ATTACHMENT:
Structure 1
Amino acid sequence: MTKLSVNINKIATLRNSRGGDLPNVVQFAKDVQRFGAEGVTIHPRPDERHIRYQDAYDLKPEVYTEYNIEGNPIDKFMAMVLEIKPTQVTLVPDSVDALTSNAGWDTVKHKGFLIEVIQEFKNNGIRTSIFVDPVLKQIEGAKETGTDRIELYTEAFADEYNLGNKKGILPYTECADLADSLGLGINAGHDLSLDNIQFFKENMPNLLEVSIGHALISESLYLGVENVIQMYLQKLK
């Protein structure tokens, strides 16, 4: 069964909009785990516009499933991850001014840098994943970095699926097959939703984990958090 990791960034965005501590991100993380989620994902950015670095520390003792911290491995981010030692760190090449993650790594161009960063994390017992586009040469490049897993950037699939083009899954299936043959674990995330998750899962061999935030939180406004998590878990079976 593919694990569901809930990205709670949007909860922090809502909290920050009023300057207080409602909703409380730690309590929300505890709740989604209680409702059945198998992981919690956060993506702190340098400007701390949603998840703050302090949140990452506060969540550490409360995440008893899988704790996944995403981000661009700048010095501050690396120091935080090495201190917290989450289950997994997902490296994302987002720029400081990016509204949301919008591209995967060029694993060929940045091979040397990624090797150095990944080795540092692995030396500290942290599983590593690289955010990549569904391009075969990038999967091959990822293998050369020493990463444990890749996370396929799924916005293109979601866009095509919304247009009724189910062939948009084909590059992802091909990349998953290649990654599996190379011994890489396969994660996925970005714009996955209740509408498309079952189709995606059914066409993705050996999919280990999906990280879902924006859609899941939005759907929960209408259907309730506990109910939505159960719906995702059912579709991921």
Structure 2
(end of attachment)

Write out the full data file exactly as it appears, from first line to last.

Structure 1
Amino acid sequence: MTKLSVNINKIATLRNSRGGDLPNVVQFAKDVQRFGAEGVTIHPRPDERHIRYQDAYDLKPEVYTEYNIEGNPIDKFMAMVLEIKPTQVTLVPDSVDALTSNAGWDTVKHKGFLIEVIQEFKNNGIRTSIFVDPVLKQIEGAKETGTDRIELYTEAFADEYNLGNKKGILPYTECADLADSLGLGINAGHDLSLDNIQFFKENMPNLLEVSIGHALISESLYLGVENVIQMYLQKLK
């Protein structure tokens, strides 16, 4: 069964909009785990516009499933991850001014840098994943970095699926097959939703984990958090 990791960034965005501590991100993380989620994902950015670095520390003792911290491995981010030692760190090449993650790594161009960063994390017992586009040469490049897993950037699939083009899954299936043959674990995330998750899962061999935030939180406004998590878990079976 593919694990569901809930990205709670949007909860922090809502909290920050009023300057207080409602909703409380730690309590929300505890709740989604209680409702059945198998992981919690956060993506702190340098400007701390949603998840703050302090949140990452506060969540550490409360995440008893899988704790996944995403981000661009700048010095501050690396120091935080090495201190917290989450289950997994997902490296994302987002720029400081990016509204949301919008591209995967060029694993060929940045091979040397990624090797150095990944080795540092692995030396500290942290599983590593690289955010990549569904391009075969990038999967091959990822293998050369020493990463444990890749996370396929799924916005293109979601866009095509919304247009009724189910062939948009084909590059992802091909990349998953290649990654599996190379011994890489396969994660996925970005714009996955209740509408498309079952189709995606059914066409993705050996999919280990999906990280879902924006859609899941939005759907929960209408259907309730506990109910939505159960719906995702059912579709991921």
Structure 2